Feb. 07-- The Congressional Budget Office, usually the source of staid nonpartisan analyses studied only by experts, stirred up a hot debate this week. Will the Affordable Care Act have a good impact on our labor market, or not? The partisans were out in force, and you wonder if they read the same report.
Feb. 07--The Congressional Budget Office, usually the source of staid nonpartisan analyses studied only by experts, stirred up a hot debate this week.
Will the Affordable Care Act have a good impact on our labor market, or not?
The partisans were out in force, and you wonder if they read the same report.
The Obamacare haters in the Republican camp read the report as "pushing" 2 million Americans out of the workforce by 2017 and 2.5 million by 2024.
Obamacare advocates in the Democratic camp read the report as confirming that 2 million workers would be able to escape job-lock, instead of being tied to employers for health coverage.
In reality, both are right. And this may be a good thing.
First, the CBO made it clear that a long-term decline in labor force participation rates from 2017 to 2024 will come mainly because of our aging population.
Second, the Affordable Care Act will, in fact, reduce the number of full-time workers.
But before you get all too concerned, CBO says this will come "almost entirely from a net decline in the amount of labor that workers choose to supply, rather than from a net drop in businesses' demand for labor." In other words, businesses will want workers, but the Affordable Care Act will allow them to choose other options.
If some people reduce their hours or leave the labor force, "many unemployed workers will be available to take those jobs."
Third, low-income workers who get subsidized insurance through the Affordable Care Act will spend money on other goods and services, "thereby increasing overall demand."
Fourth, the Affordable Care Act will make it easier for some workers to get health insurance outside the workplace, "prompting those workers to take jobs that better match their skills."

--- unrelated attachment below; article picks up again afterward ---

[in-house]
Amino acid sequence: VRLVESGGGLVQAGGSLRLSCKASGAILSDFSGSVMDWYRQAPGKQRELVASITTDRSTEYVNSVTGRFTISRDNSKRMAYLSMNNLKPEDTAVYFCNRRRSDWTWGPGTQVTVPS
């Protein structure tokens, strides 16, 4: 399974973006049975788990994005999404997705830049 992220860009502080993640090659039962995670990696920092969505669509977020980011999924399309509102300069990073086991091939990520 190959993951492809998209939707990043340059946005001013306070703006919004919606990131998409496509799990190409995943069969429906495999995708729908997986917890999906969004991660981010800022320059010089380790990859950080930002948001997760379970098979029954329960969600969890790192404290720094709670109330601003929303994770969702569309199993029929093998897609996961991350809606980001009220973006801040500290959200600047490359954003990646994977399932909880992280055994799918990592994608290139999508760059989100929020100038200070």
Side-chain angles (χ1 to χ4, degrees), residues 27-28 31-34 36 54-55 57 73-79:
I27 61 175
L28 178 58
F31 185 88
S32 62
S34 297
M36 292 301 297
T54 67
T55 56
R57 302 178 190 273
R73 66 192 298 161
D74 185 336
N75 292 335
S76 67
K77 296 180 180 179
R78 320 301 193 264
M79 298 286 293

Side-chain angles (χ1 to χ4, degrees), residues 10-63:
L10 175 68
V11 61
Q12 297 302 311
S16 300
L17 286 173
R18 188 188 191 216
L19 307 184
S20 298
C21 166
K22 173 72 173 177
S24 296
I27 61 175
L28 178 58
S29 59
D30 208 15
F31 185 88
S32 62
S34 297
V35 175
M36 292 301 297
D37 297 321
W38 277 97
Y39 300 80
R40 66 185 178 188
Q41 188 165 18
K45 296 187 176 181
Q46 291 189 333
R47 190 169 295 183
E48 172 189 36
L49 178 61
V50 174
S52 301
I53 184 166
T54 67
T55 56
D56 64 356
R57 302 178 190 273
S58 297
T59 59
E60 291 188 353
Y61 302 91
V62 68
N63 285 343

As we mull these facts, we would do well to recall that while labor force participation dropped overall during the recession, the decrease was concentrated among younger workers. Labor force participation among older workers actually increased.
So reducing labor force participation among the older population, who can now get health insurance before they are eligible for Medicare, might help younger workers and, more generally, raise wages. It could be a part of many solutions we will need to rebuild the middle class for a new generation of Americans.
With the Affordable Care Act, people in their late 50s or early 60s who stay in a job for health coverage can retire. A parent can leave a job to raise a child. A budding entrepreneur can leave a job to start a business. In fact, a May 2013 study by the Urban Institute'sHealth Policy Center and Georgetown University'sHealth Policy Institute estimated that in California in 2014, self-employment without the Affordable Care Act would be 1.9 million and with the law 2.2 million, an increase of 248,000.
So the "push" out of the workforce that the Affordable Care Act allows -- yes, it is real -- might be a good thing, especially for young people unable to get jobs as older workers stayed in the workforce during the recession. Social Security, passed in 1935, had that effect during the Great Depression. Obamacare will bring many changes; work flexibility is one to embrace.
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